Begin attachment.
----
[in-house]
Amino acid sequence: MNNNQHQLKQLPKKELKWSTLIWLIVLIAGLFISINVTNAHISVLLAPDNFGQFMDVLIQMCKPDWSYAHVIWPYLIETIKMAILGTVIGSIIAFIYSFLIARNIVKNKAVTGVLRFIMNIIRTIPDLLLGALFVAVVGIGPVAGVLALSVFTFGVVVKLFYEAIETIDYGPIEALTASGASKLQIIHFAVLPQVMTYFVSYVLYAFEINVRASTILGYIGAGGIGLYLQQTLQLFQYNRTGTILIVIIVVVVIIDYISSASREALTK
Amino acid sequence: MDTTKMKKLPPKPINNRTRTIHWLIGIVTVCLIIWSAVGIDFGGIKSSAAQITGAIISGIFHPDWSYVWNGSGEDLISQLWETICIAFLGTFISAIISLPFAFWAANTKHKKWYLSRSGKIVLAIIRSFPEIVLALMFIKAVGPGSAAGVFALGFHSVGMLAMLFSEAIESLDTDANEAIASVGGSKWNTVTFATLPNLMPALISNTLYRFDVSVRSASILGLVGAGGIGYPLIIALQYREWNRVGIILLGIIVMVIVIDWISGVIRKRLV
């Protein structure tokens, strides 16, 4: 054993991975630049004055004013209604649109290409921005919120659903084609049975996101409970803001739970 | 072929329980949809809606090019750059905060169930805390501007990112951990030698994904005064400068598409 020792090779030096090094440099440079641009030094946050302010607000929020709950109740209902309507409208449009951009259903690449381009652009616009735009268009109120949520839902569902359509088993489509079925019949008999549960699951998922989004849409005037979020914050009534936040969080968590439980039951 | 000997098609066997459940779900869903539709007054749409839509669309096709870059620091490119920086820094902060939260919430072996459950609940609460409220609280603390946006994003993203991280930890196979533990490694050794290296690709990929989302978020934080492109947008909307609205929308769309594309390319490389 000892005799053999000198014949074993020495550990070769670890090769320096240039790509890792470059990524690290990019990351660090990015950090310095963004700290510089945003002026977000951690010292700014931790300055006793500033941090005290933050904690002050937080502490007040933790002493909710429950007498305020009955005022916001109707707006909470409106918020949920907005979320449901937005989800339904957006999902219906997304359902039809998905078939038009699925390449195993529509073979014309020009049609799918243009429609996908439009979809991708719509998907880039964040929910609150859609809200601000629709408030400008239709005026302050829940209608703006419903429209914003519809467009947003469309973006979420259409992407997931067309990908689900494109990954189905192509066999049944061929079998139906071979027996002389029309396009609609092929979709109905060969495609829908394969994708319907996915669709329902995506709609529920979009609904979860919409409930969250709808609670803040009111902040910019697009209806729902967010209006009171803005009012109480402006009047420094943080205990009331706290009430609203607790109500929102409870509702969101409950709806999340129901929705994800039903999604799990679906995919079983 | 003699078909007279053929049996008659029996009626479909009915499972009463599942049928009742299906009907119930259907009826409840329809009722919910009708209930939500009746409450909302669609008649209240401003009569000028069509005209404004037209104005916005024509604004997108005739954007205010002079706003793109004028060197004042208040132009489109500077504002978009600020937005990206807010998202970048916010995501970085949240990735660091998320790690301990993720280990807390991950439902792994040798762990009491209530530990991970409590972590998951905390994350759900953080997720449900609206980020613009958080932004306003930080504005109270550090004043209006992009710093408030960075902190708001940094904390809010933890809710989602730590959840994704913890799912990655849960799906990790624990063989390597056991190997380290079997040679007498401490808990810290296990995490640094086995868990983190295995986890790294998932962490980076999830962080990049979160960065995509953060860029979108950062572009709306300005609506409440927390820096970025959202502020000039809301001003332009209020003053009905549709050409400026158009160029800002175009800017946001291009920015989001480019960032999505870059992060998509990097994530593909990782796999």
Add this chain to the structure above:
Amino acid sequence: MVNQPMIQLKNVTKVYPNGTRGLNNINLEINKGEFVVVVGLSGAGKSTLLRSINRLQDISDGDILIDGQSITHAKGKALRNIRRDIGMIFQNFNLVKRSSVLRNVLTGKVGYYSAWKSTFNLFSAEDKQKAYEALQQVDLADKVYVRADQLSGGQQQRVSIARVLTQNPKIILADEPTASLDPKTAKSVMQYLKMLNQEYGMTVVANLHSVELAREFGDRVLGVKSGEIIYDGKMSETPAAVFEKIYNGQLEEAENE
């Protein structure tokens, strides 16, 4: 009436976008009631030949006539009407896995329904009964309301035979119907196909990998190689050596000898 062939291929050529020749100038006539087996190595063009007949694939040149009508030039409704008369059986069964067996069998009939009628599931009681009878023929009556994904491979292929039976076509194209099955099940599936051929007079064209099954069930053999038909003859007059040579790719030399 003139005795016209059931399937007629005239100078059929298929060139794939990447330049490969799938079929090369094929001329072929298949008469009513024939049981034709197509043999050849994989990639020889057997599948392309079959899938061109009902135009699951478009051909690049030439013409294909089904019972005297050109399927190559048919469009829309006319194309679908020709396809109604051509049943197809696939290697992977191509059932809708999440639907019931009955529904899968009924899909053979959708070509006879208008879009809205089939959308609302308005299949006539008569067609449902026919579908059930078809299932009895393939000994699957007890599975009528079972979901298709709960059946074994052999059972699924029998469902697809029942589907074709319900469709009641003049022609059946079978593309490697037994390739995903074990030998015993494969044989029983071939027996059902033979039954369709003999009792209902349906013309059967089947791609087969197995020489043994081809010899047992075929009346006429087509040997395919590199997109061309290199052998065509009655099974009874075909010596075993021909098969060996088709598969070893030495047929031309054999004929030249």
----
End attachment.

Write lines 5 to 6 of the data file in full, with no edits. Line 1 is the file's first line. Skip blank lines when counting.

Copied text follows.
Add this chain to the structure above:
Amino acid sequence: MVNQPMIQLKNVTKVYPNGTRGLNNINLEINKGEFVVVVGLSGAGKSTLLRSINRLQDISDGDILIDGQSITHAKGKALRNIRRDIGMIFQNFNLVKRSSVLRNVLTGKVGYYSAWKSTFNLFSAEDKQKAYEALQQVDLADKVYVRADQLSGGQQQRVSIARVLTQNPKIILADEPTASLDPKTAKSVMQYLKMLNQEYGMTVVANLHSVELAREFGDRVLGVKSGEIIYDGKMSETPAAVFEKIYNGQLEEAENE